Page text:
Information for Prospective Students
in the History and Sociology of Science Department
Science, Technology & Society
The modern world rests on a foundation of science and technology. The STSC Major examines how this came to be and what it means. Our students study the relationship between scientific knowledge, technological innovations and systems, and society by examining the history of technology and science, the social contexts in which science and technology occur, the organizations of people and things that make up science and technology systems, and the social and cultural consequences of scientific and technological change. The major's broad-based approach provides excellent training for students interested in business, law, government, journalism, research, and education.
Health & Societies
An interdisciplinary liberal arts major examining health practices, knowledge and systems in social context.
GUIDELINES FOR VISITING CLASSES AND THE DEPARTMENT
Prospective students who are interested in our undergraduate programs should first email the relevant program chair before visiting the department. Any and all appointments with chairs or other faculty to discuss courses or program depend on faculty schedules and must be arranged individually.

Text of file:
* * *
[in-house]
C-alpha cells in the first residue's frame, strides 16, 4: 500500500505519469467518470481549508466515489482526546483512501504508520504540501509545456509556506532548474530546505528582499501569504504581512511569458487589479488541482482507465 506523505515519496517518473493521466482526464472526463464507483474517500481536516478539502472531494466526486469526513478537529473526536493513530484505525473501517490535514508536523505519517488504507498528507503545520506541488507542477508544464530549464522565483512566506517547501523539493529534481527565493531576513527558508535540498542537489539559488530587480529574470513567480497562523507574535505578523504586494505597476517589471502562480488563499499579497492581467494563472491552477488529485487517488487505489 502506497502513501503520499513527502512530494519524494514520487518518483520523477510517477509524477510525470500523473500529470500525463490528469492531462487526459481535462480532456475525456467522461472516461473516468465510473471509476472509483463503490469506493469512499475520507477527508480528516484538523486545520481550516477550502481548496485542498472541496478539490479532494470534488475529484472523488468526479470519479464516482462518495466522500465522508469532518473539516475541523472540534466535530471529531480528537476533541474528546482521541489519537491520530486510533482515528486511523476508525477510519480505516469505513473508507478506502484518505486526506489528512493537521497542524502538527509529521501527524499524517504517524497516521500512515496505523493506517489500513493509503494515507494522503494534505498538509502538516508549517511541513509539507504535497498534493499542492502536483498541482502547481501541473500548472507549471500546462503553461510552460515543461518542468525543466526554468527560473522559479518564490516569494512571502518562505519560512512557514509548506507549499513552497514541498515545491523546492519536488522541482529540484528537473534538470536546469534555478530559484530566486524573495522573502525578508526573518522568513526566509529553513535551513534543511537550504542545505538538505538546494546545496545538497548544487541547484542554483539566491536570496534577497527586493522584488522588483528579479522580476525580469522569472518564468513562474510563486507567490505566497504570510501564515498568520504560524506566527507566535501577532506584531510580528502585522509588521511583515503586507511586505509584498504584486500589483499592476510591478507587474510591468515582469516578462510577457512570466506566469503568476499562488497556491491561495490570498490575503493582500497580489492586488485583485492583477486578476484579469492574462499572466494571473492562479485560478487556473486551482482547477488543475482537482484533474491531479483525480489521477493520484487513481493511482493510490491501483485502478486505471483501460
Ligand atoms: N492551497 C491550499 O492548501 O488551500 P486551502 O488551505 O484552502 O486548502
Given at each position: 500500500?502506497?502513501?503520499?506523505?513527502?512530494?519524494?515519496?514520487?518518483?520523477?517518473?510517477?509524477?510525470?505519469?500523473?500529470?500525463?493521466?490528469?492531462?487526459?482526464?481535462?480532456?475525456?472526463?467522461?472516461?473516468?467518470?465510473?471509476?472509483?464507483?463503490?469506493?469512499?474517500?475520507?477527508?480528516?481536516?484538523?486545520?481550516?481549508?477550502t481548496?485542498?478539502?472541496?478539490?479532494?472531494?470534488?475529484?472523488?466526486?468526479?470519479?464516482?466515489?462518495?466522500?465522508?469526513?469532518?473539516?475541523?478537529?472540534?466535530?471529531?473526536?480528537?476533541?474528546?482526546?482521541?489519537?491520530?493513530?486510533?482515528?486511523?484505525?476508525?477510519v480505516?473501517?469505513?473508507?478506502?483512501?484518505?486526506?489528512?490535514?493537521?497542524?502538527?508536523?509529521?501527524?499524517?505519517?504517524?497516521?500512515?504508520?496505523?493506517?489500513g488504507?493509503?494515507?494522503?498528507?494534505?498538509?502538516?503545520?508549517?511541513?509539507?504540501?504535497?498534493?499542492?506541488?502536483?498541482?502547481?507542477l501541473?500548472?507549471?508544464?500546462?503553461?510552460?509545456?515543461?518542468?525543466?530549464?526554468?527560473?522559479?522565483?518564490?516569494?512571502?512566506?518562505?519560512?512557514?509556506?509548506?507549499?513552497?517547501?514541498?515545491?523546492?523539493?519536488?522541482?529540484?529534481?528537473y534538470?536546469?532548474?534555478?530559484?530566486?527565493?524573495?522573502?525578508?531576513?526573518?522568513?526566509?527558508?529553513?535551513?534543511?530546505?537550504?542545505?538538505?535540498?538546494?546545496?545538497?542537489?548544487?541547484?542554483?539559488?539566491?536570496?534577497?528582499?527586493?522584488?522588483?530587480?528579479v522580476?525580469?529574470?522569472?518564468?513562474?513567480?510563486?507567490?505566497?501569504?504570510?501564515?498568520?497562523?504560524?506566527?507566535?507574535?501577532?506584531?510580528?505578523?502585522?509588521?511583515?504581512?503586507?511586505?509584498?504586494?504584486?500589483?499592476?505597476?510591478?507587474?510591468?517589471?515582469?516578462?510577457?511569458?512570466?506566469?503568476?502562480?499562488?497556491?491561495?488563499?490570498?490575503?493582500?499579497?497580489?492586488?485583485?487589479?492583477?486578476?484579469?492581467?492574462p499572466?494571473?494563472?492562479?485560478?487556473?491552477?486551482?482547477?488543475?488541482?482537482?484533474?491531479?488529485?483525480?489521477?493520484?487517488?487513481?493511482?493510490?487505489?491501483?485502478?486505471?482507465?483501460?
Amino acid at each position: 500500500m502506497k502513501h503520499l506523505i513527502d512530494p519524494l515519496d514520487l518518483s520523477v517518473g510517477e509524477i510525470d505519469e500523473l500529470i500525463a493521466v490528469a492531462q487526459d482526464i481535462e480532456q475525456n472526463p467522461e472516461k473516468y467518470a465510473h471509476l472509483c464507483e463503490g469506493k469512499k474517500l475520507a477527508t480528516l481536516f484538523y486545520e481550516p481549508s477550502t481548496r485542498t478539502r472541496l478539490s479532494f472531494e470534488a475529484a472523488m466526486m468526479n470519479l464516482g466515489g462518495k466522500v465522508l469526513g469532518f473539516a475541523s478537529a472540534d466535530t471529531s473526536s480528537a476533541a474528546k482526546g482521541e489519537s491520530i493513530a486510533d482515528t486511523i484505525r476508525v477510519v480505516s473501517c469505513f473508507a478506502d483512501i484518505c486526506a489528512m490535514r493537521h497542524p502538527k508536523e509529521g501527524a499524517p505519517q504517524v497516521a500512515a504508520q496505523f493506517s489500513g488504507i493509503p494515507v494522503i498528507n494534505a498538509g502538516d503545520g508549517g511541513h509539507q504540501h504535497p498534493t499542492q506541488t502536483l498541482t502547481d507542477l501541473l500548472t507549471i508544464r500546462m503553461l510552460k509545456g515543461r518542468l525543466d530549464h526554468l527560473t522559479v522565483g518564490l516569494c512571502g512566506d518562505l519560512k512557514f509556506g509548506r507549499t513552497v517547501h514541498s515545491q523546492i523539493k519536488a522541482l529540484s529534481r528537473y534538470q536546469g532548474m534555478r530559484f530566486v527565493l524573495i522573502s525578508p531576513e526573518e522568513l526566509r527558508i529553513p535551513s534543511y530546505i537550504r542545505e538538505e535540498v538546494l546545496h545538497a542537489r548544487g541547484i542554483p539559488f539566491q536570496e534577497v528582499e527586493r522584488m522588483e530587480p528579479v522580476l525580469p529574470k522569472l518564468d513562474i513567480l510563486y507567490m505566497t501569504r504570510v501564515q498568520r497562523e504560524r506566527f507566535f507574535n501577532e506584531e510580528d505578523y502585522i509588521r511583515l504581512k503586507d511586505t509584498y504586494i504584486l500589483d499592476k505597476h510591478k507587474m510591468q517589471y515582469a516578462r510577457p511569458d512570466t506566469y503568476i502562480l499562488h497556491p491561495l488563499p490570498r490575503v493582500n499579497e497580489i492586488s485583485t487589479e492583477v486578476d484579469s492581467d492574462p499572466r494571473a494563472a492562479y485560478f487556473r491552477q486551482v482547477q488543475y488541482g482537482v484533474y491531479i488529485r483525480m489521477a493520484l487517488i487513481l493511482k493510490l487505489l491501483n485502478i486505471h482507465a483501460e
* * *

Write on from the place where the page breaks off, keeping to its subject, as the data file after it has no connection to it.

The websites for HSOC and STSC contain detailed information about those programs, and we recommend that prospective students explore them thoroughly in advance of their visit or any appointments with faculty.
HSOC - Dr. David Barnes ()
STSC - Dr. Ann Greene ()
Associate Director for STSC & HSOC - Dr. Ann Greene ()
The most appropriate classes for prospective students to visit are the lecture classes listed on the College of Arts and Sciences Course List for Visitors.
Because of field trips and exams, all students should check first with the instructor to see if the day they plan to visit is actually a good day to see the class in action.
If a student very much wants to visit a freshman seminar or other seminar class, they must email the instructor for permission. Due to the character of seminars, these classes may not be well-suited for observation and participation.
GRADUATE PROGRAM APPLICANTS should contact the Graduate Chair.